Should The Heart of Darkness still be part of the British Canon of Literature?

This paper is in response to the paper by Chinua Achebe “An Image of Africa: Racism in Conrad’s ‘Heart of Darkness'” (1977). It seeks to provide a supportive argument to his work by incorporating a new perspective that can be utilized in discerning whether the “The heart of darkness” should still be part of the British canon of literature, and indeed, it shouldn’t. Three main points will be discussed in the context of this paper, these will be; the dehumanization of the African man, the inclination to a racist point of view that Conrad presents through this work and the effect that this work still has today on its readers. These points will all be in reference to Achebe’s work.

Throughout the novel “Heart of darkness” the reader is presented with a choice of diction that serves to dehumanize the African man to the point of declaring him to have been left behind by evolution. Conrad’s projection of Africa is that of another world, so different, so backward, so forgotten and lost in its frenzied madness. According to Achebe, this projection is noted when he refers to the men he finds in the Congo as pre-historic, incomprehensible, appalling, unearthly and to their language as noise.  He gallantly questions their humanity, suspects them of being inhuman and when he does grant them the privilege of being human he regards this humanity as “ugly” as compared to that of the white man. He likens the African woman to the wilderness contrasting the “inscrutable” reason for her brooding with that of the white woman whom he describes as having “a mature capacity” for grief and suffering. He did not tell her the truth about what he saw in the Congo, he wanted to spare her the feeling of grief but one can also see that Marlow also disregarded the actions of Kurtz in the Congo as having been informed by the darkness that had taken control of him. The fact that both these women have lost someone that they loved should inform Marlow/Conrad that they must be grieving for similar reasons, but no, he does not believe the African is human enough to feel these complex, civilized emotions such as grief and loss, her savage ways do not permit her to do so, all she can do is brood for no discernable reason.

Conrad may not have been considered a racist during his time due to the racial ignorance that existed at that time, but he is, and gallantly so. He constantly lays emphasis on the color “black” when describing the African man. One would have thought that this emphasis was to show the striking differences in the color of the different body parts of the African man. To paraphrase Achebe, it is as though he would have expected a black man to have white limbs or something of the sort. According to Achebe, some scholars may argue that Conrad is a narrator behind a narrator, but despite this effort to distance himself from the opinion of Marlow, he does not act as a sanitizing authority to the prejudice expressed by this character, he lets these feelings run wild in the novel, fill the hearts of his readers and completely inform their judgment of an entire race in humanity. We must also remember that Conrad visited Africa himself, it is quite easy to see how these could very well be his perceptions. The extent of his prejudice knows no bounds, even at the time of his death, the African still manages to disquiet Marlow/Conrad. His look, which could very well be the look of a dying man, seems to claim a kinship similar to the white man to Marlow, and this completely agitates him.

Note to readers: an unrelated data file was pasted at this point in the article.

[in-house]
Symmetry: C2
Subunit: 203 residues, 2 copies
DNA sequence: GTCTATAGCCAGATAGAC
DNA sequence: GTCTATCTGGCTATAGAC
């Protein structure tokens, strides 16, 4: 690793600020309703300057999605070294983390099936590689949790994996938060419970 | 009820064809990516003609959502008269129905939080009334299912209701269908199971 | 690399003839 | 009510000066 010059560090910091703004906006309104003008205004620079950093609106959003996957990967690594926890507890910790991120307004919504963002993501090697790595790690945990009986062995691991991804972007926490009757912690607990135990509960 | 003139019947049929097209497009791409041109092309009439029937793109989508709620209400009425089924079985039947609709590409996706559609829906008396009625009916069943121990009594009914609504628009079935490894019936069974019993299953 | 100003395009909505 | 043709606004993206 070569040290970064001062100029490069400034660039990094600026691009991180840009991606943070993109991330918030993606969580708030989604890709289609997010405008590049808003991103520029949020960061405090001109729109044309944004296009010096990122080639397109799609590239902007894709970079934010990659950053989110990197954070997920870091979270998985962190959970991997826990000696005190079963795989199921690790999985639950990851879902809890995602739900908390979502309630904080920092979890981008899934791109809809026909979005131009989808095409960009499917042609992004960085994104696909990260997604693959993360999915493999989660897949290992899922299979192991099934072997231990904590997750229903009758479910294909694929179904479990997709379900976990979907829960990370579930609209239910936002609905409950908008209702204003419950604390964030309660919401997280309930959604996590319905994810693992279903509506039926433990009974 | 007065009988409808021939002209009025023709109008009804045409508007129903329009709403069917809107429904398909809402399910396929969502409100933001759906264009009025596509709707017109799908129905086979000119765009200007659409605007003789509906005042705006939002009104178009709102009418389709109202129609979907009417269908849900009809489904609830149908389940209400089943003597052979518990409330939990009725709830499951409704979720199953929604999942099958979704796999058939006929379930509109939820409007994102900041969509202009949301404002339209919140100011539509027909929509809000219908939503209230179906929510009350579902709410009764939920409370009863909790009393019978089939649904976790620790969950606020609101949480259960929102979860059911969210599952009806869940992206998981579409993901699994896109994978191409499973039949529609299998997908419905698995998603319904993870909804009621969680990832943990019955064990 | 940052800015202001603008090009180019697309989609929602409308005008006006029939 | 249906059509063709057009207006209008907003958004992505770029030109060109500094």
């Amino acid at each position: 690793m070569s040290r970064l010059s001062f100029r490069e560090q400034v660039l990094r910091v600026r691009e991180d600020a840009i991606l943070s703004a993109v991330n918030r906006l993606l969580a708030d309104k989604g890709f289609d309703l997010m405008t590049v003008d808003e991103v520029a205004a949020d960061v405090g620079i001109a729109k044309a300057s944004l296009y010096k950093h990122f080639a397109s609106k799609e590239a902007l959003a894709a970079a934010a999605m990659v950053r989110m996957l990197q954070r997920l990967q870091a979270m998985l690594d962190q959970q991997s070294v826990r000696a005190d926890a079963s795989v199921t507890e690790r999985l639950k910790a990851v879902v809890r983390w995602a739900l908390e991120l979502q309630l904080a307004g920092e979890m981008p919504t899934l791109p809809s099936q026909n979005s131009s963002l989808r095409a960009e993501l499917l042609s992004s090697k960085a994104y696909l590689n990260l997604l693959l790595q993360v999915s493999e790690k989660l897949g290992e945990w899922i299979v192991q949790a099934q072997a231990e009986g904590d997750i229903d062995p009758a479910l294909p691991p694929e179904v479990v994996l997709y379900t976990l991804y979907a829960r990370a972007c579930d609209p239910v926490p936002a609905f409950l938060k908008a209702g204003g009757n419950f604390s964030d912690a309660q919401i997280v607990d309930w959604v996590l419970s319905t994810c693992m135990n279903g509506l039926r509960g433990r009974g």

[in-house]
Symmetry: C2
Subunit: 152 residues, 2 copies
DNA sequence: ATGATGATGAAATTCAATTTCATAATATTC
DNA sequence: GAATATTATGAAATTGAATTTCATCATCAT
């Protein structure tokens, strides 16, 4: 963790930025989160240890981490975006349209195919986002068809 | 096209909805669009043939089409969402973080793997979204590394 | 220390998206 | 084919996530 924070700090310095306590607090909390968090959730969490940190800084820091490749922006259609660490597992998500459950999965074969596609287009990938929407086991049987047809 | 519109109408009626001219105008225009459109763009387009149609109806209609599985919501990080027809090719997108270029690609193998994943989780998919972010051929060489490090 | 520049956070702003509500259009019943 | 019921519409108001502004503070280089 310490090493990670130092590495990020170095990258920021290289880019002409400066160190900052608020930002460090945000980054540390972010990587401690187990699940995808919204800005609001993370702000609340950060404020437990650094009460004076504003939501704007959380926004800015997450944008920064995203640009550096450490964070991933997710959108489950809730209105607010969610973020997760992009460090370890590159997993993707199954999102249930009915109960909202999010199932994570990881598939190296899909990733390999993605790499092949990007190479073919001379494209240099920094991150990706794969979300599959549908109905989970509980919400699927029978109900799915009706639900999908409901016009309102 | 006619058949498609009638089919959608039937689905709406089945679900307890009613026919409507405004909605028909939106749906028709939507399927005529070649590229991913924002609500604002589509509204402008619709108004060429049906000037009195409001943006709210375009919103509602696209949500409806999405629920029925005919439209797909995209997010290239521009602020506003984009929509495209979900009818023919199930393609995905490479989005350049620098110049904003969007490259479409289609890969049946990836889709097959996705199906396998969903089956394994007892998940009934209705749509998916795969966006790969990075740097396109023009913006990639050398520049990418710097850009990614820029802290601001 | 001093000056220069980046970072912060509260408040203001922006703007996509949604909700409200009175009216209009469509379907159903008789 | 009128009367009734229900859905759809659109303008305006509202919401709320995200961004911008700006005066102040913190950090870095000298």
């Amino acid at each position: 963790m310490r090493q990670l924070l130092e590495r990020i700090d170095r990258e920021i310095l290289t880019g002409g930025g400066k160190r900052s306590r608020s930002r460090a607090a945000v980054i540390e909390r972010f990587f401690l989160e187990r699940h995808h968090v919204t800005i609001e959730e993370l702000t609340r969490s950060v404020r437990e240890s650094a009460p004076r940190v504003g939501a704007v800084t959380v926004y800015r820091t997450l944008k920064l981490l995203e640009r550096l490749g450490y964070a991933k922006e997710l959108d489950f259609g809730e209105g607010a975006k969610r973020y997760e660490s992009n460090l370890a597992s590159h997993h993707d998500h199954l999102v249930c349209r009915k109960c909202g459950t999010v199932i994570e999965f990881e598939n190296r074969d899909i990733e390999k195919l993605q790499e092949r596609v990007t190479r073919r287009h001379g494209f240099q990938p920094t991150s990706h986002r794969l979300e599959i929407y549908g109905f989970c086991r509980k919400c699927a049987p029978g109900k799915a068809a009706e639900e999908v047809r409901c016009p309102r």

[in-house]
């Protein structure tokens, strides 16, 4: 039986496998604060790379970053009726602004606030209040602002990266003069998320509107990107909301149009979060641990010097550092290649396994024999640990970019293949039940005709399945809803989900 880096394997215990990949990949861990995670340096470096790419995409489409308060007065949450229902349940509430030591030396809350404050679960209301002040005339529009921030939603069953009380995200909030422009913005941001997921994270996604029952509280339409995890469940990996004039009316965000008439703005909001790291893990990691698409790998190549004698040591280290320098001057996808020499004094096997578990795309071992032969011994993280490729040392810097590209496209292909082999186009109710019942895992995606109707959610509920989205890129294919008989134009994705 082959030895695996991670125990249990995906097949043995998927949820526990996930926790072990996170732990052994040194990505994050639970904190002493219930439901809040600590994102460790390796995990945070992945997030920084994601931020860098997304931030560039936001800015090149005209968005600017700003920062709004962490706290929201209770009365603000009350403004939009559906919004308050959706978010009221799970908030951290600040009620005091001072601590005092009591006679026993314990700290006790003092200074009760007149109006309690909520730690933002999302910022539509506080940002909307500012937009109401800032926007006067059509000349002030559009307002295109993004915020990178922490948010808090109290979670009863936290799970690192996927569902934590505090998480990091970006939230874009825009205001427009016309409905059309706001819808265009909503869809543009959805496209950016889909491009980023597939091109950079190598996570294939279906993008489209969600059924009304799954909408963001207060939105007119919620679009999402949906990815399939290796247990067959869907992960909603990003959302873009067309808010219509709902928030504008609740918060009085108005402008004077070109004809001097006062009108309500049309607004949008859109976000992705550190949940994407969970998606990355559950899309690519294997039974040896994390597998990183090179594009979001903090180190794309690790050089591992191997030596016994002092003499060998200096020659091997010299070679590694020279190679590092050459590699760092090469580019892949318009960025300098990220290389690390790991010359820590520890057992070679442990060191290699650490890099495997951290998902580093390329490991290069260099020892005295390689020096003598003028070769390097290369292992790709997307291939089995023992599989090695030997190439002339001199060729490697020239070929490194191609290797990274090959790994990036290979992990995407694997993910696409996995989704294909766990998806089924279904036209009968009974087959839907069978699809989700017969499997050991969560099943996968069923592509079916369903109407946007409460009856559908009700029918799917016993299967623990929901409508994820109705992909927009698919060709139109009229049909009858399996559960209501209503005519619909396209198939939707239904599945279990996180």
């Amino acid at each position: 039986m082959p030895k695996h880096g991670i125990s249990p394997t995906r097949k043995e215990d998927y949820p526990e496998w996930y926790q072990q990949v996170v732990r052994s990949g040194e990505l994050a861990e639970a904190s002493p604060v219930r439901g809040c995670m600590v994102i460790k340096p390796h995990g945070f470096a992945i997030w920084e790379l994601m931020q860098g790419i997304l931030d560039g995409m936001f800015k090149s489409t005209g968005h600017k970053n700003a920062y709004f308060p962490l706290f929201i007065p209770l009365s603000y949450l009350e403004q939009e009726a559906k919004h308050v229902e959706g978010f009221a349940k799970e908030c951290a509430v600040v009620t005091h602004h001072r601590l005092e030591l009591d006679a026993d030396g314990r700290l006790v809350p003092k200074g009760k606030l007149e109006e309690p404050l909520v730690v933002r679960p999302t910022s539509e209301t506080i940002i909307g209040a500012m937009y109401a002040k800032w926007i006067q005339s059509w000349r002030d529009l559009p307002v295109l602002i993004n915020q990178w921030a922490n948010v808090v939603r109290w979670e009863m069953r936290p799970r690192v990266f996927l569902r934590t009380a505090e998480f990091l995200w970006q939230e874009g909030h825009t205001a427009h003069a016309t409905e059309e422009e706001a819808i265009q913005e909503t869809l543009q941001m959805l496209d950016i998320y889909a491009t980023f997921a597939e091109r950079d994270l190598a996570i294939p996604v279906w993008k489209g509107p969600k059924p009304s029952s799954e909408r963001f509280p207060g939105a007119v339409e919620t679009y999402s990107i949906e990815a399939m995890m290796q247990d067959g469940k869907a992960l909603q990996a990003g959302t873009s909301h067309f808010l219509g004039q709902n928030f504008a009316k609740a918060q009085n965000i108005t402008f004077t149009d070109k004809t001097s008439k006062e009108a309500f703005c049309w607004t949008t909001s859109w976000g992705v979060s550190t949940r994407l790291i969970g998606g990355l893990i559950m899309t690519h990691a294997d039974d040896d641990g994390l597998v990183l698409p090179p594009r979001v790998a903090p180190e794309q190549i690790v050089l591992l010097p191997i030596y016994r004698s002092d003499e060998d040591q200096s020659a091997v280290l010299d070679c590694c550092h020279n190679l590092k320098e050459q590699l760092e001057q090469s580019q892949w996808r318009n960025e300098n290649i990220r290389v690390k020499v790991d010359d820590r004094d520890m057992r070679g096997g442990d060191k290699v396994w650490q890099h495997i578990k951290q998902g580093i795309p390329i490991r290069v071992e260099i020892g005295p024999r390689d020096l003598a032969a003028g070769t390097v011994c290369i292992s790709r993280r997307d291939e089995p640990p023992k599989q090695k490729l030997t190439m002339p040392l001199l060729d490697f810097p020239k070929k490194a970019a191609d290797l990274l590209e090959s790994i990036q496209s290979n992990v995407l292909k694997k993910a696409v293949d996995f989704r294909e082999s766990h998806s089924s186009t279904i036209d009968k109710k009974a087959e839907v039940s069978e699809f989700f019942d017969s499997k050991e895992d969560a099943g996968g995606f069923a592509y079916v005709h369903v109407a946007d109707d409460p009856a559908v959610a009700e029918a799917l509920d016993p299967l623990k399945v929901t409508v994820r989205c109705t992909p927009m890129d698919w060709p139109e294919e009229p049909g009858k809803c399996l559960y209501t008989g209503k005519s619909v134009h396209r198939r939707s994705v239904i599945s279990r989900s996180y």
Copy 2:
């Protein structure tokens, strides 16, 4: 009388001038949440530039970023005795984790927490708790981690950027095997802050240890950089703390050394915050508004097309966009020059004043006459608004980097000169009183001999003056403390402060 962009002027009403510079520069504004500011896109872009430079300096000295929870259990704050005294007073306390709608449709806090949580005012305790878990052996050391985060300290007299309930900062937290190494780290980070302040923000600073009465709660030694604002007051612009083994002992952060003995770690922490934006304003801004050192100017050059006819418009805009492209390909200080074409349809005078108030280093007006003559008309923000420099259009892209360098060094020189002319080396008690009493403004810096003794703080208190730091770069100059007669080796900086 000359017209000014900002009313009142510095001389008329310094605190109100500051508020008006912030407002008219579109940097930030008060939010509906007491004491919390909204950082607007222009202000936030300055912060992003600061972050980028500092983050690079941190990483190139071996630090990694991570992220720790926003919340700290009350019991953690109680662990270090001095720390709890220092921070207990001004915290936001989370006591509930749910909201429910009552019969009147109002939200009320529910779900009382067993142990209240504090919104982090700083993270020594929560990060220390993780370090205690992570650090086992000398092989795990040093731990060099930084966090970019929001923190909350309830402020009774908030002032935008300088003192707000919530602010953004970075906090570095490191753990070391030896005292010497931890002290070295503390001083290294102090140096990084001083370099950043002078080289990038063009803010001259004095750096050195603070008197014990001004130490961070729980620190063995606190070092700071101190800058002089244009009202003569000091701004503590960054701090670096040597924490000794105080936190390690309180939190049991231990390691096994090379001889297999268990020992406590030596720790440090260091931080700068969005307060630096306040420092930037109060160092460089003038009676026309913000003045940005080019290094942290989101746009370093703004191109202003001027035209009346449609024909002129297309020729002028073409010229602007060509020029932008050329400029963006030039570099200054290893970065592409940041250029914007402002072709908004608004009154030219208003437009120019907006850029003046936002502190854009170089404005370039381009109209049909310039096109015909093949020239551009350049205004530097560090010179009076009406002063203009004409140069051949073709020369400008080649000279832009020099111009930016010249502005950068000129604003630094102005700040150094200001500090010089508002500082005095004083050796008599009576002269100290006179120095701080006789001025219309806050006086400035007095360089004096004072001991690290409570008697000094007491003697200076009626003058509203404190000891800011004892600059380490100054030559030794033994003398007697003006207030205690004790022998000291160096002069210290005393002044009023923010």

According to Achebe’s paper, Conrad may be dead and gone by now, but the point of literature is to leave a lasting impression in the world to shape the perceptions of future generations, to inform the, to educate them on their history and to prevent the repeat of events that arise out of ignorance. Why do we react in such fury to racist words that are said today but are gone with the wind tomorrow but do not react in the same amount of displeasure to works such as Conrad’s that render an entire race in humanity ugly, appalling, displeasing and insipid? Why do we allow these works to have the capacity to shape the opinion of our children and transform the world in to an unsafe place for the African man? That he receives constant stereotyping, disrespect and disregard even from an observer who is expected to remain unbiased.

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